Abstract # 103:

Scheduled for Friday, June 22, 2007 02:00 PM-02:15 PM: Session 11 (North Main Hall C/D) Oral Presentation


Eighteen Month Development in Twin Lowland Gorillas at Zoo Atlanta

M. Hoff1,2
1Dalton State College, Division of Social Sciences, 650 College Dr., Dalton, GA 30720, USA, 2Zoo Atlanta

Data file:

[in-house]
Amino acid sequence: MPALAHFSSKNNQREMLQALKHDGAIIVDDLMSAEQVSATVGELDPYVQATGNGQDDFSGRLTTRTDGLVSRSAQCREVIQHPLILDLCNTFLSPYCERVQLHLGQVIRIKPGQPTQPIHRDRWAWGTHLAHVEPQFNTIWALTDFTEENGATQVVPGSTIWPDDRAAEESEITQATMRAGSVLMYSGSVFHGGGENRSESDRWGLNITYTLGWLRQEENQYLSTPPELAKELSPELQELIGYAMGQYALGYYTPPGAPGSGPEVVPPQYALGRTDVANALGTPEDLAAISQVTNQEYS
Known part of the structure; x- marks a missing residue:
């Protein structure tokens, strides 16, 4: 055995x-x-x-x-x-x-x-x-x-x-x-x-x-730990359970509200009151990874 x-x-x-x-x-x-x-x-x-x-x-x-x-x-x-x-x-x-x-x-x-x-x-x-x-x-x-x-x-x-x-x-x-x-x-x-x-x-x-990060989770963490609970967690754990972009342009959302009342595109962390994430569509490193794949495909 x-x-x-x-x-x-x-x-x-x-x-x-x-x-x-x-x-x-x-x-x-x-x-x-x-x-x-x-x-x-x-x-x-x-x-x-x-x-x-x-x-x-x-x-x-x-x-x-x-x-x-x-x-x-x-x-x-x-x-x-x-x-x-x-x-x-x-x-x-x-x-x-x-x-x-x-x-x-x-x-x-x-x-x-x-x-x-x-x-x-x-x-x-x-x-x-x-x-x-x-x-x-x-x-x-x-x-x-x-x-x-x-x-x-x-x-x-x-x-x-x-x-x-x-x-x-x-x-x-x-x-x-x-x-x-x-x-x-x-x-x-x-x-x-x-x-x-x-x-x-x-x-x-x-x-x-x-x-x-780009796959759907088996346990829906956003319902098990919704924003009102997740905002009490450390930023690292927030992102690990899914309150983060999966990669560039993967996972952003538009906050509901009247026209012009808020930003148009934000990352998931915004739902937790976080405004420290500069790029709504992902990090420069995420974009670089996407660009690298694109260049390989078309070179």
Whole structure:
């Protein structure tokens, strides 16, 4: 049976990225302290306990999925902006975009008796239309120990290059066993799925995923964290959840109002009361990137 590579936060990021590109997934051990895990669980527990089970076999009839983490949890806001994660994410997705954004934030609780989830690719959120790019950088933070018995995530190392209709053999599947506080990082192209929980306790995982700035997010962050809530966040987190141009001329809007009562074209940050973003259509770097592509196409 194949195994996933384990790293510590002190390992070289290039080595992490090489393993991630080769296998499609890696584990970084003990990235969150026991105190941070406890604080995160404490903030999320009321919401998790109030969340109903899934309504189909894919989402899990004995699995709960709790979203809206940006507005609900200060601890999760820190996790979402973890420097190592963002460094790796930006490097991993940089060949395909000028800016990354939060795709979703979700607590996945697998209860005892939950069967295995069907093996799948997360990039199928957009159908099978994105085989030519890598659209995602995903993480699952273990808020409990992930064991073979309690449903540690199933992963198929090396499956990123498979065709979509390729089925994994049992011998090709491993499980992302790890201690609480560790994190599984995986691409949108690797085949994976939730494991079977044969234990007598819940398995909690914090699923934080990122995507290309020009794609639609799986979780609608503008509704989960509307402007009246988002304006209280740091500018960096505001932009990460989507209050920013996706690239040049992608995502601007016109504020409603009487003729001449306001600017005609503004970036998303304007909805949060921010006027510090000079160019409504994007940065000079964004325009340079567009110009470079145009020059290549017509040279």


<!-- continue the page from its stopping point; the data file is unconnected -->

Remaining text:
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     Twin (1.1) lowland gorillas (Gorilla gorilla gorilla) were born to a group-living mother on Nov. 1, 2005 at Zoo Atlanta. The gorilla group had been formed a year earlier; there were 2 additional surviving infants born into the group in the months following the birth of the twins. Observations of the infants were made by a trained observer for 30-minute sessions 2 times per week. This report focuses on the 18 month development of the twins, describing changes in a variety of behavioral variables, including a decline in time spent in contact from 30 min per observation to 5 min per observation as the infants aged, and an increase in distance spent from one another. Infants began leaving and approaching the mothers in the third month, reaching as high as 9 leaves per observation in the later months. The infants first moved beyond 1m in the sixth month and beyond 5m in the tenth month. Infants became more outward directed as self manipulation declined and object examination and social play increased with increasing age. The mother retrieved the infants regularly, reaching a peak of 6 retrievals per hour in the fifth month, and began following them as the infants moved away. A number of behaviors were compared with other gorilla infants raised using Wilcoxon Signed Ranks Test [a=0.05, two-tailed] and there were few differences found between the twins and the comparison infants. The twins showed significantly lower levels of object examination, sitting and leaving the mother than the comparison infants.